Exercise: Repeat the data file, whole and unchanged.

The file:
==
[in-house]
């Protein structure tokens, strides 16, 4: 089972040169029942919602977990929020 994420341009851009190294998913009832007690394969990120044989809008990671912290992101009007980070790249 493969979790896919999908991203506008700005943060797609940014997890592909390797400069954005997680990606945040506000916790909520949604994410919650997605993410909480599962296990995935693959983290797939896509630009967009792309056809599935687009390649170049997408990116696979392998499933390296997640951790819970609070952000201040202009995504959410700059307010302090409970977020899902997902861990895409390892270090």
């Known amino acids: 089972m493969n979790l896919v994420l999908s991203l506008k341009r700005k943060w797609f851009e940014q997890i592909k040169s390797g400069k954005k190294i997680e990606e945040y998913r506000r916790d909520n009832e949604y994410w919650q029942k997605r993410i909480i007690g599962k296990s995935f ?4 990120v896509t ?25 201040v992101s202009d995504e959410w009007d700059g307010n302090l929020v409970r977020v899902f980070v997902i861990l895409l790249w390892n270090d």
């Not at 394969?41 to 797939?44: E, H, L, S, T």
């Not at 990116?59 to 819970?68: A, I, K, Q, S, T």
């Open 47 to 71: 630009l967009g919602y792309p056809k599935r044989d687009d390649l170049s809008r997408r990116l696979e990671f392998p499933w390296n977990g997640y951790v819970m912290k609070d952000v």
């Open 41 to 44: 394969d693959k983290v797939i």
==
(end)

[in-house]
């Protein structure tokens, strides 16, 4: 089972040169029942919602977990929020 994420341009851009190294998913009832007690394969990120044989809008990671912290992101009007980070790249 493969979790896919999908991203506008700005943060797609940014997890592909390797400069954005997680990606945040506000916790909520949604994410919650997605993410909480599962296990995935693959983290797939896509630009967009792309056809599935687009390649170049997408990116696979392998499933390296997640951790819970609070952000201040202009995504959410700059307010302090409970977020899902997902861990895409390892270090």
């Known amino acids: 089972m493969n979790l896919v994420l999908s991203l506008k341009r700005k943060w797609f851009e940014q997890i592909k040169s390797g400069k954005k190294i997680e990606e945040y998913r506000r916790d909520n009832e949604y994410w919650q029942k997605r993410i909480i007690g599962k296990s995935f ?4 990120v896509t ?25 201040v992101s202009d995504e959410w009007d700059g307010n302090l929020v409970r977020v899902f980070v997902i861990l895409l790249w390892n270090d």
């Not at 394969?41 to 797939?44: E, H, L, S, T």
């Not at 990116?59 to 819970?68: A, I, K, Q, S, T």
């Open 47 to 71: 630009l967009g919602y792309p056809k599935r044989d687009d390649l170049s809008r997408r990116l696979e990671f392998p499933w390296n977990g997640y951790v819970m912290k609070d952000v």
């Open 41 to 44: 394969d693959k983290v797939i």